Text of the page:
Supreme Court says States can tax online purchases

USA Today  reports…

A closely divided Supreme Court upended the  nation’s Internet marketplace Thursday, ruling that states can collect sales taxes from online retailers.

The decision, which overturns an Supreme Court precedent, will boost state revenues at the expense of consumers and sellers who have avoided sales taxes in the past. But the justices did not specify what types of exceptions states may impose to limit the burden on small businesses.

Justice Anthony Kennedy wrote the 5-4 decision, jettisoning the court’s longstanding rule that states cannot require companies without a physical presence to collect sales taxes. He was joined by Justices Clarence Thomas, Ruth Bader Ginsburg, Samuel Alito and Neil Gorsuch.

Reactions were mixed…

Reaction to the high court’s ruling was mixed. State government groups hailed it as a boon for their revenue base, as well as a playing-field equalizer. But some lawmakers in Congress vowed revenge.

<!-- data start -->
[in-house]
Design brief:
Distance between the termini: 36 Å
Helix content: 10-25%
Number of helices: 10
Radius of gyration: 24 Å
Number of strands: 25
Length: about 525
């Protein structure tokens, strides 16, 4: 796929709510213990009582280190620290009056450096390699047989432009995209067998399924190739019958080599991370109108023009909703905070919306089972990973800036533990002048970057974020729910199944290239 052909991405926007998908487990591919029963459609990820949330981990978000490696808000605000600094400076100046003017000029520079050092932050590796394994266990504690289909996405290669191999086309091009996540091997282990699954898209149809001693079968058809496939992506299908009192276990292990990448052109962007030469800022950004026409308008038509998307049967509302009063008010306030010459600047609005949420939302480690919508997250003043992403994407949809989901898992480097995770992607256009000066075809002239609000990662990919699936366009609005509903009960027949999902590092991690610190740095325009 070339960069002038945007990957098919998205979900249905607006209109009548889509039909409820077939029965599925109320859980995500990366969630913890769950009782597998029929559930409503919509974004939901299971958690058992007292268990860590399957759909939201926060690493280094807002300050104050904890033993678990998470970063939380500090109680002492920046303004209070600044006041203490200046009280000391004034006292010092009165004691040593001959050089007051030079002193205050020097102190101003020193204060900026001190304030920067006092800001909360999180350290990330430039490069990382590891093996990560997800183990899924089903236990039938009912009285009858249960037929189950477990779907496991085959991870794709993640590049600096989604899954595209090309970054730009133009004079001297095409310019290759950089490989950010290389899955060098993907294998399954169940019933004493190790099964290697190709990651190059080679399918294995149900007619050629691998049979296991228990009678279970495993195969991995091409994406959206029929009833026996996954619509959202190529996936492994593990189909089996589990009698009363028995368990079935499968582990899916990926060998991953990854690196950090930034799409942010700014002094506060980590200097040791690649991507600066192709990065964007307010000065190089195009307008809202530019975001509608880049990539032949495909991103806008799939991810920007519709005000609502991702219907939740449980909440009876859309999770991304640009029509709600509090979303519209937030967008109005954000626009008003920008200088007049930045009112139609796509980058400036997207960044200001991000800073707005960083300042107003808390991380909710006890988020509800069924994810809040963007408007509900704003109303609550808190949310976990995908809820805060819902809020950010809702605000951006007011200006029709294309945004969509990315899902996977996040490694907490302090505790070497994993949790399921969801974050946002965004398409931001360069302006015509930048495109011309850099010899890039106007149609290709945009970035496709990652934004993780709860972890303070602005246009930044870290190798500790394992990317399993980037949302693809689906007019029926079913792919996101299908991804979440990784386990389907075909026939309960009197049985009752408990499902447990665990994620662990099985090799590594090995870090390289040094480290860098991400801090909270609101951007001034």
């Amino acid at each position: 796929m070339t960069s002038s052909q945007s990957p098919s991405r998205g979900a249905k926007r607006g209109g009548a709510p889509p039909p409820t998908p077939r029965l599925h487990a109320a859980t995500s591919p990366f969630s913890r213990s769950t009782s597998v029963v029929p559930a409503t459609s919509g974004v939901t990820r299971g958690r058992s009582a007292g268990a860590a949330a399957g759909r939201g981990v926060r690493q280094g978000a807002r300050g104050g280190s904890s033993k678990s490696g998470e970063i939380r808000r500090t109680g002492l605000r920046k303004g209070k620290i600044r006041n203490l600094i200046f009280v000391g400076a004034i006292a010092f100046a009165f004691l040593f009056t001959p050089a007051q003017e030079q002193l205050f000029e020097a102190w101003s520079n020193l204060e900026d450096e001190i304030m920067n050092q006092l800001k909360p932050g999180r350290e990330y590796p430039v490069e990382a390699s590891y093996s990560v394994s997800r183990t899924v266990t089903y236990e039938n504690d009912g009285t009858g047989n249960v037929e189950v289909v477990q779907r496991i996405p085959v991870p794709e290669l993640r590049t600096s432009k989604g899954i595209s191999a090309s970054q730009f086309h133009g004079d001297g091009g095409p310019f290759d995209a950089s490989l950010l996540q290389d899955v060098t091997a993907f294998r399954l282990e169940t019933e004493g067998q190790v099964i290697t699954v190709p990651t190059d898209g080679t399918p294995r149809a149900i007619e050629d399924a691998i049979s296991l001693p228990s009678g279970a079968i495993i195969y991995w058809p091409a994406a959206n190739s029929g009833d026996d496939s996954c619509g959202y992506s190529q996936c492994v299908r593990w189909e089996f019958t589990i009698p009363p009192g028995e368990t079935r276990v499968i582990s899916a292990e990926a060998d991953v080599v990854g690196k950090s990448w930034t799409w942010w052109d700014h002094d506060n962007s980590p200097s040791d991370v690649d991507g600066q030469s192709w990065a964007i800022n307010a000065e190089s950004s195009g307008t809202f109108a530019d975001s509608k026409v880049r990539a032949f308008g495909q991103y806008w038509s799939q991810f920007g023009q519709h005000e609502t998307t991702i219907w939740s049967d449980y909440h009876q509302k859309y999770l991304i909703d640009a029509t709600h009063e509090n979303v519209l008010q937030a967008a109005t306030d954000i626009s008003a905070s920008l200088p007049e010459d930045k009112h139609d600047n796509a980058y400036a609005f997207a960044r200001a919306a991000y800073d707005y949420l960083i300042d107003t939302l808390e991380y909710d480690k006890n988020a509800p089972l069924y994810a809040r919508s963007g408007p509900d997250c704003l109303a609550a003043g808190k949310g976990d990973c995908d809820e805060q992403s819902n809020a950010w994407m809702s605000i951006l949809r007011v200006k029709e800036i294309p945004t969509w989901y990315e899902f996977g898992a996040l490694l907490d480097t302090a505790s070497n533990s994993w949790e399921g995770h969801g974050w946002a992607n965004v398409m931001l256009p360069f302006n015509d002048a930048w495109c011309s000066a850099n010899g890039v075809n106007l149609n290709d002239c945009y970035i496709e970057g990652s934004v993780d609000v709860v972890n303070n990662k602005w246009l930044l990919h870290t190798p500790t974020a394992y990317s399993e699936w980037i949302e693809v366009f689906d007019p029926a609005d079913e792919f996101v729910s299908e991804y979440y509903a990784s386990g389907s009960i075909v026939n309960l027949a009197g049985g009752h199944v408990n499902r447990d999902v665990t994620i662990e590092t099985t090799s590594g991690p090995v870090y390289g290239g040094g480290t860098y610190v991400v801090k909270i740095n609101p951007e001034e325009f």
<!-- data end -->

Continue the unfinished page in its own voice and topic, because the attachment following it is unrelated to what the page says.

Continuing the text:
“The Supreme Court has given the green light for states to establish an underground, nationwide, privatized tax-collecting bureaucracy,” said Sen. Ron Wyden, a Democrat whose state of Oregon has no sales tax.

Although it seems small businesses may feel it most…

“The burden will fall disproportionately on small businesses,” Roberts said. “The court’s decision today will surely have the effect of dampening opportunities for commerce in a broad range of new markets.”

This entry was posted in economic development, Policy by Ann Treacy. Bookmark the permalink.

About Ann Treacy

I have a Master’s Degree in Library and Information Science. I have been interested or involved in providing access to information through the Internet since 1994, when I worked for Minnesota’s first Internet service provider. I am pleased to be a part of the Blandin on Broadband Team. I also work with MN Coalition on Government Information, Minnesota Rural Partners, and the American Society for Information Science and Technology.

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